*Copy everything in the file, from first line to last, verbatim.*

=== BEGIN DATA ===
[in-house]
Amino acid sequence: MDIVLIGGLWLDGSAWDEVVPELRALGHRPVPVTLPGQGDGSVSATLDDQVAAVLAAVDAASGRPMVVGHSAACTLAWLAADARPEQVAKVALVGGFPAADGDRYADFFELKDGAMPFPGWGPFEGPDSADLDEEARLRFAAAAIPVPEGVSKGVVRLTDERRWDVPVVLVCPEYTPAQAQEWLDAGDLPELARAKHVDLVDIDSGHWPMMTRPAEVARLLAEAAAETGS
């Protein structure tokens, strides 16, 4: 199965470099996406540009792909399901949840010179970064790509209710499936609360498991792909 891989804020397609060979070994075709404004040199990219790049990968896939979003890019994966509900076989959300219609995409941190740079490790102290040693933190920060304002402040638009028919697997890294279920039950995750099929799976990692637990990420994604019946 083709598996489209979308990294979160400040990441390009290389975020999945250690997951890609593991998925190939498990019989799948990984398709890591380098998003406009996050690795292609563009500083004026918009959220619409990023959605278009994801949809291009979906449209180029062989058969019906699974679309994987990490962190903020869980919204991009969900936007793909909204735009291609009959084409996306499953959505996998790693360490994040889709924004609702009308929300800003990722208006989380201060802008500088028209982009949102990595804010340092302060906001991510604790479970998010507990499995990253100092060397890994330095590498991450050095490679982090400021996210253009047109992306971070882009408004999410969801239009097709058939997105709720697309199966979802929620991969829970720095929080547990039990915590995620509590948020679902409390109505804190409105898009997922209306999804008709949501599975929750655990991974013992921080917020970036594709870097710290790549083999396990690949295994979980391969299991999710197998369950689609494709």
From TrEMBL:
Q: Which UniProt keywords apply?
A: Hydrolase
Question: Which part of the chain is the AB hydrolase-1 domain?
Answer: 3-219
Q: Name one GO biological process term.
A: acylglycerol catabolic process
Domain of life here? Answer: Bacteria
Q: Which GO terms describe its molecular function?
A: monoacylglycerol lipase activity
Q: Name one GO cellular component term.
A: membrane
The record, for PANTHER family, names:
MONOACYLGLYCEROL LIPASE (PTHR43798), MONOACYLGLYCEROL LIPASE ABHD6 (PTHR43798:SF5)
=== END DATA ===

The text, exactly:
[in-house]
Amino acid sequence: MDIVLIGGLWLDGSAWDEVVPELRALGHRPVPVTLPGQGDGSVSATLDDQVAAVLAAVDAASGRPMVVGHSAACTLAWLAADARPEQVAKVALVGGFPAADGDRYADFFELKDGAMPFPGWGPFEGPDSADLDEEARLRFAAAAIPVPEGVSKGVVRLTDERRWDVPVVLVCPEYTPAQAQEWLDAGDLPELARAKHVDLVDIDSGHWPMMTRPAEVARLLAEAAAETGS
């Protein structure tokens, strides 16, 4: 199965470099996406540009792909399901949840010179970064790509209710499936609360498991792909 891989804020397609060979070994075709404004040199990219790049990968896939979003890019994966509900076989959300219609995409941190740079490790102290040693933190920060304002402040638009028919697997890294279920039950995750099929799976990692637990990420994604019946 083709598996489209979308990294979160400040990441390009290389975020999945250690997951890609593991998925190939498990019989799948990984398709890591380098998003406009996050690795292609563009500083004026918009959220619409990023959605278009994801949809291009979906449209180029062989058969019906699974679309994987990490962190903020869980919204991009969900936007793909909204735009291609009959084409996306499953959505996998790693360490994040889709924004609702009308929300800003990722208006989380201060802008500088028209982009949102990595804010340092302060906001991510604790479970998010507990499995990253100092060397890994330095590498991450050095490679982090400021996210253009047109992306971070882009408004999410969801239009097709058939997105709720697309199966979802929620991969829970720095929080547990039990915590995620509590948020679902409390109505804190409105898009997922209306999804008709949501599975929750655990991974013992921080917020970036594709870097710290790549083999396990690949295994979980391969299991999710197998369950689609494709």
From TrEMBL:
Q: Which UniProt keywords apply?
A: Hydrolase
Question: Which part of the chain is the AB hydrolase-1 domain?
Answer: 3-219
Q: Name one GO biological process term.
A: acylglycerol catabolic process
Domain of life here? Answer: Bacteria
Q: Which GO terms describe its molecular function?
A: monoacylglycerol lipase activity
Q: Name one GO cellular component term.
A: membrane
The record, for PANTHER family, names:
MONOACYLGLYCEROL LIPASE (PTHR43798), MONOACYLGLYCEROL LIPASE ABHD6 (PTHR43798:SF5)